Recent Advances in Nicotinic Receptor Signaling in Alcohol Abuse and Alcoholism

Research output: Chapter in Book/Report/Conference proceedingConference contribution

12 Scopus citations

Abstract

Alcohol is the most commonly abused legal substance and alcoholism is a serious public health problem. It is a leading cause of preventable death in the world. The cellular and molecular mechanisms of alcohol reward and addiction are still not well understood. Emerging evidence indicates that unlike other drugs of abuse, such as nicotine, cocaine, or opioids, alcohol targets numerous channel proteins, receptor molecules, and signaling pathways in the brain. Previously, research has identified brain nicotinic acetylcholine receptors (nAChRs), a heterogeneous family of pentameric ligand-gated cation channels expressed in the mammalian brain, as critical molecular targets for alcohol abuse and dependence. Genetic variations encoding nAChR subunits have been shown to increase the vulnerability to develop alcohol dependence. Here, we review recent insights into the rewarding effects of alcohol, as they pertain to different nAChR subtypes, associated signaling molecules, and pathways that contribute to the molecular mechanisms of alcoholism and/or comorbid brain disorders. Understanding these cellular changes and molecular underpinnings may be useful for the advancement of brain nicotinic-cholinergic mechanisms, and will lead to a better translational and therapeutic outcome for alcoholism and/or comorbid conditions.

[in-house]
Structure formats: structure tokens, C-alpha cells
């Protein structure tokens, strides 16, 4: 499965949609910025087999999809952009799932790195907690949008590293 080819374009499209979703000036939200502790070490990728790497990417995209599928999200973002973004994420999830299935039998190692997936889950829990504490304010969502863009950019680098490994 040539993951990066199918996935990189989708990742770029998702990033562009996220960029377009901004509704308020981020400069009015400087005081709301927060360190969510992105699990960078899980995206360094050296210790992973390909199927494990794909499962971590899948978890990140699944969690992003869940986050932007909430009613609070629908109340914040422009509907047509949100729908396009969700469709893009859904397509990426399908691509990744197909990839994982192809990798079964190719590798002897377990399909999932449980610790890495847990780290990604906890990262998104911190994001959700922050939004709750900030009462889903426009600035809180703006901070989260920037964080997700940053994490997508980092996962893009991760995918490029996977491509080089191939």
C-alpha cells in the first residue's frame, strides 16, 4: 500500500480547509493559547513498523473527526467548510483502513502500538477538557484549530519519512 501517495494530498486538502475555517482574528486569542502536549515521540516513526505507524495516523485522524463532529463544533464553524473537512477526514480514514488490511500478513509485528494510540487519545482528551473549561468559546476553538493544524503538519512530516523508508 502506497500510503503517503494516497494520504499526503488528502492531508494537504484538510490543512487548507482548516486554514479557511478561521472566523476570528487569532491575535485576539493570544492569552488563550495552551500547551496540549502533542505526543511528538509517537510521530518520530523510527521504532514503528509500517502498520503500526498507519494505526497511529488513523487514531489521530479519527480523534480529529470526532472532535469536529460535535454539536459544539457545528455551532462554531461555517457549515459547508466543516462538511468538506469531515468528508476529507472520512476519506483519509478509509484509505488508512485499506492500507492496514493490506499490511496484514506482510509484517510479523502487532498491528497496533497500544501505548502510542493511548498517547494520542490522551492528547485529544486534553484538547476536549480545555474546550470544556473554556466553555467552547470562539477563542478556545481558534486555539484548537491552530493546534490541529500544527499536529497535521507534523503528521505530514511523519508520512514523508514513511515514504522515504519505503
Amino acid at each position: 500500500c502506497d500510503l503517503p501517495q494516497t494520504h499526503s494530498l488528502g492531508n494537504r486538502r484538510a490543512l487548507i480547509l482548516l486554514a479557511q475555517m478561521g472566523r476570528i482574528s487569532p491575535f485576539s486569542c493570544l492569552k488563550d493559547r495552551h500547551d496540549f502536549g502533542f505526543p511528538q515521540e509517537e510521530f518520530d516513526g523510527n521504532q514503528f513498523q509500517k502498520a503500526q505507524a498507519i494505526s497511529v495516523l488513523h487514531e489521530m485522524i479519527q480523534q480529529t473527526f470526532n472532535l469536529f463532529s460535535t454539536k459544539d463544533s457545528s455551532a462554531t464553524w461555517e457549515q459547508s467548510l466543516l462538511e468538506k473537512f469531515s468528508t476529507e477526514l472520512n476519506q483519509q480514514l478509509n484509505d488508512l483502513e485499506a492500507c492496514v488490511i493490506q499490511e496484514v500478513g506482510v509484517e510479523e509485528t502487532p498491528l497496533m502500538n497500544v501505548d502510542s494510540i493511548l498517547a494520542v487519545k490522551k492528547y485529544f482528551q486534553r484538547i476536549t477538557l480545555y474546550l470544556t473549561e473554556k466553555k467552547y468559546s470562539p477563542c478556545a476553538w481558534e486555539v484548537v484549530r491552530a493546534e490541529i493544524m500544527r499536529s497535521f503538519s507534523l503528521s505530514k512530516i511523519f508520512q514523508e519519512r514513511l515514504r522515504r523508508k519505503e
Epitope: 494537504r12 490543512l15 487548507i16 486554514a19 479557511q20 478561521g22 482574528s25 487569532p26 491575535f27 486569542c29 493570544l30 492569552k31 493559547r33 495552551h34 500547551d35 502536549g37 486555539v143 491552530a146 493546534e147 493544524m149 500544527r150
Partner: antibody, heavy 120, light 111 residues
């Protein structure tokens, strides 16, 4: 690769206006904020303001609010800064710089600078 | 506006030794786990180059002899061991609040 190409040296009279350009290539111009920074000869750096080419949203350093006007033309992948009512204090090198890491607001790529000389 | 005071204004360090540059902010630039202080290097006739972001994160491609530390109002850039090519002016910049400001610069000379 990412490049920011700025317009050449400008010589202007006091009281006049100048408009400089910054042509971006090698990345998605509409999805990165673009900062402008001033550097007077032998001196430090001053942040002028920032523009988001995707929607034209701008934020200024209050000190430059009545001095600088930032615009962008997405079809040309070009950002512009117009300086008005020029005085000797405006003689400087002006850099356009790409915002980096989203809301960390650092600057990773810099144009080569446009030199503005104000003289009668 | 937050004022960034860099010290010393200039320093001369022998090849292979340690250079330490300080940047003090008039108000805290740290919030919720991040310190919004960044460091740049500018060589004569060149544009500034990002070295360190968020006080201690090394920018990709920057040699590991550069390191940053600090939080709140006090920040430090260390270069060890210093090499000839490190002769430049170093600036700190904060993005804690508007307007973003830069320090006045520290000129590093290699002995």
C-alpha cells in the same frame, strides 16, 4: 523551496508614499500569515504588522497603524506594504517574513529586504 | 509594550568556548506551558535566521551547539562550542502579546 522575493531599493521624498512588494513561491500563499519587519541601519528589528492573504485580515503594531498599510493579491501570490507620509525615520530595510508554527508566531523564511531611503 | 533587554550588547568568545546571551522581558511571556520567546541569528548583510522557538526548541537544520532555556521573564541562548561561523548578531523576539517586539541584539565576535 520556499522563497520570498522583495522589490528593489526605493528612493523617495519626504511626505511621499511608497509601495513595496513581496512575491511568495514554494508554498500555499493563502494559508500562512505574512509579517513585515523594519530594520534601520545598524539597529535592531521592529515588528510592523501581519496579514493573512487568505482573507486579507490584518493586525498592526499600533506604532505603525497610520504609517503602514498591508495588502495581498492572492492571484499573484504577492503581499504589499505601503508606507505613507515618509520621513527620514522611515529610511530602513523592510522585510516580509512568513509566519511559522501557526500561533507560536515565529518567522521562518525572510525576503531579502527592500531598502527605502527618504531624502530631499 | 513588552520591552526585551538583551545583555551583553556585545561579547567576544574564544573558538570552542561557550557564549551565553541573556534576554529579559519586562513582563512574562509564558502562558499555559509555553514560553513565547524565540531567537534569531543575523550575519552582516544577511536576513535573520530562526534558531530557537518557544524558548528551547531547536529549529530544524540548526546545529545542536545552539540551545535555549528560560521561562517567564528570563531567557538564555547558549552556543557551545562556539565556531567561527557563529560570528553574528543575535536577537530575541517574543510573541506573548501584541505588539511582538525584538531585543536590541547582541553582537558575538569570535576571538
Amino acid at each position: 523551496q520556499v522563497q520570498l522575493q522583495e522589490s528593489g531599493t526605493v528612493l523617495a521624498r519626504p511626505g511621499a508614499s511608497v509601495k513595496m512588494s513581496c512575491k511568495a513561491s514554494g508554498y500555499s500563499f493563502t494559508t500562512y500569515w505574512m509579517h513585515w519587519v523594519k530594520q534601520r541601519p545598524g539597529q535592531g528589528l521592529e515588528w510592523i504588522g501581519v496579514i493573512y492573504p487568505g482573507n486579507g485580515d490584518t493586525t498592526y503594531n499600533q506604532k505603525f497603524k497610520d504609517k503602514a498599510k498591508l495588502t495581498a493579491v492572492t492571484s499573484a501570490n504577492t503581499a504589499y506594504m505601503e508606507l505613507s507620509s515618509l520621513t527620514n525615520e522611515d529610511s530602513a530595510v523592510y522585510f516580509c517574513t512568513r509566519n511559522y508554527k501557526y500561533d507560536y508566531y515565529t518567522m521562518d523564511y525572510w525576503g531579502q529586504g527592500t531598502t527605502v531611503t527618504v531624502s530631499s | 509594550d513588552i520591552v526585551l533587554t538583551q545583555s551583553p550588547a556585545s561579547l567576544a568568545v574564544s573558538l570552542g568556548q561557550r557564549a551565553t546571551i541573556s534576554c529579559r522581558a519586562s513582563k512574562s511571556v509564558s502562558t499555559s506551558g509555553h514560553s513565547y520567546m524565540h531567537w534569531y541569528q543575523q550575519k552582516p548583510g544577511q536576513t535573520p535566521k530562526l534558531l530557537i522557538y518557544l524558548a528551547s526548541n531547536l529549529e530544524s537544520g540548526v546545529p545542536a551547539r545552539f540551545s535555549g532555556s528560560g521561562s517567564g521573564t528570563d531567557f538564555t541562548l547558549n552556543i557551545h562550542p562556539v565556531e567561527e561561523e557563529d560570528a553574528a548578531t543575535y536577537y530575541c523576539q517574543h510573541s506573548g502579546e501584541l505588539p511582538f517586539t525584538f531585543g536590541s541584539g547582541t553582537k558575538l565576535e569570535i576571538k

Original languageEnglish (US)
Title of host publicationThe Molecular Basis of Drug Addiction, 2016
EditorsShafiqur Rahman
PublisherElsevier B.V.
Pages183-201
Number of pages19
ISBN (Print)9780128037867
DOIs
StatePublished - Jan 1 2016

Publication series

NameProgress in Molecular Biology and Translational Science
Volume137
ISSN (Print)1877-1173
ISSN (Electronic)1878-0814

Keywords

  • alcohol dependence
  • alcoholism
  • drug addiction
  • drug targets
  • molecular mechanisms
  • nicotinic receptor
  • translational research

ASJC Scopus subject areas

  • Molecular Medicine
  • Molecular Biology

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